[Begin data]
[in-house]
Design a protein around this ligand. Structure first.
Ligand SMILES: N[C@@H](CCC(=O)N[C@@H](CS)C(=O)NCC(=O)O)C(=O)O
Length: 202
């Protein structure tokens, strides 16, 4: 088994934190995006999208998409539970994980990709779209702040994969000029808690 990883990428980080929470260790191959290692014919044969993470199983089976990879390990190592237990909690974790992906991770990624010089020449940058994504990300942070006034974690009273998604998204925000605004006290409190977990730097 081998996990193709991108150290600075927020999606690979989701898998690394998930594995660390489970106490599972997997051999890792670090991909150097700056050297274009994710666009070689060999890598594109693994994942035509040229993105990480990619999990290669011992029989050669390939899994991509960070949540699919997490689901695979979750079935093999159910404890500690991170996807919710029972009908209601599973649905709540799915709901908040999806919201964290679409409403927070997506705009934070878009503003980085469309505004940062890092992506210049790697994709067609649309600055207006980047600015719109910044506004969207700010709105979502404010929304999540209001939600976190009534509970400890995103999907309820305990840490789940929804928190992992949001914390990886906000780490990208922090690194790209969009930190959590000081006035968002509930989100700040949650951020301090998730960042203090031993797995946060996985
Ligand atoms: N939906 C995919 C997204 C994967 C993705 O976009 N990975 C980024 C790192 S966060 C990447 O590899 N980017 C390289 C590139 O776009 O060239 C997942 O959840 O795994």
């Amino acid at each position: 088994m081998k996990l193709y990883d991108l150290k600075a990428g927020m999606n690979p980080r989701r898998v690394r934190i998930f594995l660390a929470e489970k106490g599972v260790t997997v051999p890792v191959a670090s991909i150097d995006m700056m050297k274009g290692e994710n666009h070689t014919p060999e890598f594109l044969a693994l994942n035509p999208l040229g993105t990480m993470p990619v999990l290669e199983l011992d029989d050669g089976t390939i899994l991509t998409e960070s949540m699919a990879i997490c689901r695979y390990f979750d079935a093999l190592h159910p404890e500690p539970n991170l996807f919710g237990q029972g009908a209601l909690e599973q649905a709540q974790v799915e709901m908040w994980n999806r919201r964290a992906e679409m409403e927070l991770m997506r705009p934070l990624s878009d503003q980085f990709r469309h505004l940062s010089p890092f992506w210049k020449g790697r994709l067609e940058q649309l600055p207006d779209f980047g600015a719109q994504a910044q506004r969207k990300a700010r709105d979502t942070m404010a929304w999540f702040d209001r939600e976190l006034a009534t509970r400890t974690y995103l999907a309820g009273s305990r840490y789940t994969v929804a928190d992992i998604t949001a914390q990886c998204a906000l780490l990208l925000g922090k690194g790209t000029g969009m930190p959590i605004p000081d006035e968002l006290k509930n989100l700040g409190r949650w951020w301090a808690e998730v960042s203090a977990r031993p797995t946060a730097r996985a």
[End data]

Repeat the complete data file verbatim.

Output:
[in-house]
Design a protein around this ligand. Structure first.
Ligand SMILES: N[C@@H](CCC(=O)N[C@@H](CS)C(=O)NCC(=O)O)C(=O)O
Length: 202
């Protein structure tokens, strides 16, 4: 088994934190995006999208998409539970994980990709779209702040994969000029808690 990883990428980080929470260790191959290692014919044969993470199983089976990879390990190592237990909690974790992906991770990624010089020449940058994504990300942070006034974690009273998604998204925000605004006290409190977990730097 081998996990193709991108150290600075927020999606690979989701898998690394998930594995660390489970106490599972997997051999890792670090991909150097700056050297274009994710666009070689060999890598594109693994994942035509040229993105990480990619999990290669011992029989050669390939899994991509960070949540699919997490689901695979979750079935093999159910404890500690991170996807919710029972009908209601599973649905709540799915709901908040999806919201964290679409409403927070997506705009934070878009503003980085469309505004940062890092992506210049790697994709067609649309600055207006980047600015719109910044506004969207700010709105979502404010929304999540209001939600976190009534509970400890995103999907309820305990840490789940929804928190992992949001914390990886906000780490990208922090690194790209969009930190959590000081006035968002509930989100700040949650951020301090998730960042203090031993797995946060996985
Ligand atoms: N939906 C995919 C997204 C994967 C993705 O976009 N990975 C980024 C790192 S966060 C990447 O590899 N980017 C390289 C590139 O776009 O060239 C997942 O959840 O795994």
């Amino acid at each position: 088994m081998k996990l193709y990883d991108l150290k600075a990428g927020m999606n690979p980080r989701r898998v690394r934190i998930f594995l660390a929470e489970k106490g599972v260790t997997v051999p890792v191959a670090s991909i150097d995006m700056m050297k274009g290692e994710n666009h070689t014919p060999e890598f594109l044969a693994l994942n035509p999208l040229g993105t990480m993470p990619v999990l290669e199983l011992d029989d050669g089976t390939i899994l991509t998409e960070s949540m699919a990879i997490c689901r695979y390990f979750d079935a093999l190592h159910p404890e500690p539970n991170l996807f919710g237990q029972g009908a209601l909690e599973q649905a709540q974790v799915e709901m908040w994980n999806r919201r964290a992906e679409m409403e927070l991770m997506r705009p934070l990624s878009d503003q980085f990709r469309h505004l940062s010089p890092f992506w210049k020449g790697r994709l067609e940058q649309l600055p207006d779209f980047g600015a719109q994504a910044q506004r969207k990300a700010r709105d979502t942070m404010a929304w999540f702040d209001r939600e976190l006034a009534t509970r400890t974690y995103l999907a309820g009273s305990r840490y789940t994969v929804a928190d992992i998604t949001a914390q990886c998204a906000l780490l990208l925000g922090k690194g790209t000029g969009m930190p959590i605004p000081d006035e968002l006290k509930n989100l700040g409190r949650w951020w301090a808690e998730v960042s203090a977990r031993p797995t946060a730097r996985a």